The frequency of Alzheimer's disease (AD) will dramatically increase in the ageing western society during the next decades. Currently, about 18 million people suffer worldwide from AD. Since no cure is available, this devastating disorder represents one of the most challenging socio-economical problems of our future. As onset and progression of AD is triggered by the amyloid cascade, I will put particular attention on amyloid ß-peptide (Aß). The reason for this approach is, that even though 20 years ago the Aß generating processing pathway was identified (Haass et al., Nature 1992a & b), the identity of the Aß species, which initiate the deadly cascade is still unknown. I will first tackle this challenge by investigating if a novel and so far completely overlooked proteolytic processing pathway is involved in the generation of Aß species capable to initiate spreading of pathology and neurotoxicity. I will then search for modulating proteins, which could affect generation of pathological Aß species. This includes a genome-wide screen for modifiers of gamma-secretase, one of the proteases involved in Aß generation as well as a targeted search for RNA binding proteins capable to posttranscriptionally regulate beta- and alpha-secretase. In a disease-crossing approach, RNA binding proteins, which were recently found not only to be deposited in Frontotemporal Lobar Degeneration and Amyotrophic Lateral Sclerosis but also in many AD cases, will be investigated for their potential to modulate Aß aggregation and AD pathology. Modifiers and novel antibodies specifically recognizing neurotoxic Aß assemblies will be validated for their potential not only to prevent amyloid plaque formation, but also spreading of pathology as well as neurotoxicity. In vivo validations include studies in innovative zebrafish models, which allow life imaging of neuronal cell death, as well as the establishment of microPET amyloid imaging for longitudinal studies in individual animals.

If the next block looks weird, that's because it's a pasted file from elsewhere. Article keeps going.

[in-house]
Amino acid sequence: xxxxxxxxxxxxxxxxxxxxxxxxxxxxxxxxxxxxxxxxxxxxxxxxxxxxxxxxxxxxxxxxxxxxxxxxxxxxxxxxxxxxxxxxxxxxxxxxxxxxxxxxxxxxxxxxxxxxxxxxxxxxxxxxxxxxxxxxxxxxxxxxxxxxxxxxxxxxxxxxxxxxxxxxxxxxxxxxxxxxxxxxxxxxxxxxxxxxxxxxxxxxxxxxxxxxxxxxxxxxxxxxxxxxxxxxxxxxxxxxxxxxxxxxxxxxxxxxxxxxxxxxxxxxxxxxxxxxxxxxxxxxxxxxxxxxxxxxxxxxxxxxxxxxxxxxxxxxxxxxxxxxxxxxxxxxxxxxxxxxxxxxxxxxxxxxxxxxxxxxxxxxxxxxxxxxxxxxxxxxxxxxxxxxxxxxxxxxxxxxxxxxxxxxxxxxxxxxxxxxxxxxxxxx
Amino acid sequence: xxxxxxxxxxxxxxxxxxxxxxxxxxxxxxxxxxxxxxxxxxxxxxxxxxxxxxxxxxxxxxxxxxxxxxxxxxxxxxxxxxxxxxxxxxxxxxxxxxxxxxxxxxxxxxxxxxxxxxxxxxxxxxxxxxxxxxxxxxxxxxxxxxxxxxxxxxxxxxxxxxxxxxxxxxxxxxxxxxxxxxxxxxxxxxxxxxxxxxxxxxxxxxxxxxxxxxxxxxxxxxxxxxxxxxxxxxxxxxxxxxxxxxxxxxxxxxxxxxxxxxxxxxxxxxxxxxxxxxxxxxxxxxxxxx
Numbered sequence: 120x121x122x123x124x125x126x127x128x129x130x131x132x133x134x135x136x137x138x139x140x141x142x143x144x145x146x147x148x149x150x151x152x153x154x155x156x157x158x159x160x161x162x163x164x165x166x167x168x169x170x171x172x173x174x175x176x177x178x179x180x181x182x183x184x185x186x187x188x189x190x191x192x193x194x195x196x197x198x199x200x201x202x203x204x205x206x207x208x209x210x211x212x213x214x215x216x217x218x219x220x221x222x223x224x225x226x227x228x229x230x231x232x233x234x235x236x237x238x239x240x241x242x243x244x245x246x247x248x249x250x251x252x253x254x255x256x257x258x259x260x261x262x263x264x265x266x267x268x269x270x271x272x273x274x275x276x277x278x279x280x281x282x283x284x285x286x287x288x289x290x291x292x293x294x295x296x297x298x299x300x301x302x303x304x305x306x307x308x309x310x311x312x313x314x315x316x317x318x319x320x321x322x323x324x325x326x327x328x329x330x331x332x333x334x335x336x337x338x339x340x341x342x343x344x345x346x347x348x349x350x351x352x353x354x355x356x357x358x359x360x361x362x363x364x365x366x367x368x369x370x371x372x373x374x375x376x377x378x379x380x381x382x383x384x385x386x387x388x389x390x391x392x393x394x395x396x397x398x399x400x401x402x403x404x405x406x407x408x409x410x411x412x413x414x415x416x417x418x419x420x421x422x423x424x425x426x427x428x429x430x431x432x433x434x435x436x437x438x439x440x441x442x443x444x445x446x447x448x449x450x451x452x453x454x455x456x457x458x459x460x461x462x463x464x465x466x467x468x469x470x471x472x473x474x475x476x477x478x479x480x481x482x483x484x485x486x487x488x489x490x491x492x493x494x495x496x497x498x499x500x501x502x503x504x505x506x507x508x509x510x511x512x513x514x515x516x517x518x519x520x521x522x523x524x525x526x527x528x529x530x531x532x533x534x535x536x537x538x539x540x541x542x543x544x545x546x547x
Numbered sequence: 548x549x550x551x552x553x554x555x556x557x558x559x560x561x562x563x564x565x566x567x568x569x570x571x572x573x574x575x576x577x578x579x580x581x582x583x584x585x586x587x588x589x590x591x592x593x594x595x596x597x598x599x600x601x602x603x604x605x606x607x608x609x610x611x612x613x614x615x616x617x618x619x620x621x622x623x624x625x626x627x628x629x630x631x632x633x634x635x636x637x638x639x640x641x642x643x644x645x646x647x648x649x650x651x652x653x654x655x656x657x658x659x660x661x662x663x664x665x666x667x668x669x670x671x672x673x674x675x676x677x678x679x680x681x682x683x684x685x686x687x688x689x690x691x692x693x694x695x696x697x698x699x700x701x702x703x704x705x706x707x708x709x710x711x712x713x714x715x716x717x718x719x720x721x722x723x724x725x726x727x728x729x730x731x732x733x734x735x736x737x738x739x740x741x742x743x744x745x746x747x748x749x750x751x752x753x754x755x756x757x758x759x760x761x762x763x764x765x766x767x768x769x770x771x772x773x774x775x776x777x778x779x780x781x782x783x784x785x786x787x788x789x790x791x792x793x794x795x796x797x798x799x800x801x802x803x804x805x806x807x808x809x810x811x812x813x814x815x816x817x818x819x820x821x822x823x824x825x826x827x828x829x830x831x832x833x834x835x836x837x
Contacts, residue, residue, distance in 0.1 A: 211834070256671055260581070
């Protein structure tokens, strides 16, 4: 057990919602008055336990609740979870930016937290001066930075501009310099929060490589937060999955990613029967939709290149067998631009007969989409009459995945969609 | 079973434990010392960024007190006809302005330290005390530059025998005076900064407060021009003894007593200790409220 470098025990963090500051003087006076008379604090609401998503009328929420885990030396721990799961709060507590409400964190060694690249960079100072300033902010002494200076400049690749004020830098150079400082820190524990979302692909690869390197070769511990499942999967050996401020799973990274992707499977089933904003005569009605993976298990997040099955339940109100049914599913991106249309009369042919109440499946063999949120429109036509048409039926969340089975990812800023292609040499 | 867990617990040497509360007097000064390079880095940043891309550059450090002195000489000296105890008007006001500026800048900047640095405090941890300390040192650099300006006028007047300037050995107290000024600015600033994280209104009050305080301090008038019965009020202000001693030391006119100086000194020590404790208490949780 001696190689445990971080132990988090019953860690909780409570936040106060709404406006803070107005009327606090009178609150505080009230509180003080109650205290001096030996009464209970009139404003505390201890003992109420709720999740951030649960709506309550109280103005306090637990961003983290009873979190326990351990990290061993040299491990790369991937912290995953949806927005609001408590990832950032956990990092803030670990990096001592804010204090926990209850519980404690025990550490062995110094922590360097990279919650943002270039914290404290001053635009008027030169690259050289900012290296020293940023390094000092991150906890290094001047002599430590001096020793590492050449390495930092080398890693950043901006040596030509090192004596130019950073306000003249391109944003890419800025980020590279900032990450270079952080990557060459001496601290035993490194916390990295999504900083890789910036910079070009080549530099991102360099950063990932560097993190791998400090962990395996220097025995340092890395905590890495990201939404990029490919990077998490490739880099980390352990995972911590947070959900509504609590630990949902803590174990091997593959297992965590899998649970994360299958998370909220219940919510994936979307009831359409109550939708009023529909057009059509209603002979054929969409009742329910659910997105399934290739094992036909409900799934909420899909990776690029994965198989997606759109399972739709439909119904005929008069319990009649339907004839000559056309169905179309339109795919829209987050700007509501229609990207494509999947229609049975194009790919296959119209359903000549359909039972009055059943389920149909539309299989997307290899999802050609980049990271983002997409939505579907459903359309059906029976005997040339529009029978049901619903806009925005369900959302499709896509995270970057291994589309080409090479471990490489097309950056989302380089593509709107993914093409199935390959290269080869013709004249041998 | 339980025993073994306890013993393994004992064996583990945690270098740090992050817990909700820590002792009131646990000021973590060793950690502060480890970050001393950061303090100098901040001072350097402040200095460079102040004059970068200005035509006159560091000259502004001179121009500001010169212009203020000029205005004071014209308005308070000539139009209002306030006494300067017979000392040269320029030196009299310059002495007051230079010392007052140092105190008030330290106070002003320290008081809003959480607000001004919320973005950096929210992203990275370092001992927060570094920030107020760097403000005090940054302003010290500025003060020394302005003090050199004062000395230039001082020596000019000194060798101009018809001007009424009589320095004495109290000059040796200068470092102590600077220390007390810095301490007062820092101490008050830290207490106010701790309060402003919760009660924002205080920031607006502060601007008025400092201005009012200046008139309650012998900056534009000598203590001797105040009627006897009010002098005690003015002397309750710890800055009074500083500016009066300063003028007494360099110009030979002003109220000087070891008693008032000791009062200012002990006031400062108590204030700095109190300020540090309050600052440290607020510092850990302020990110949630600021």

Project partnersLudwig-Maximilians-Universitaet Muenchen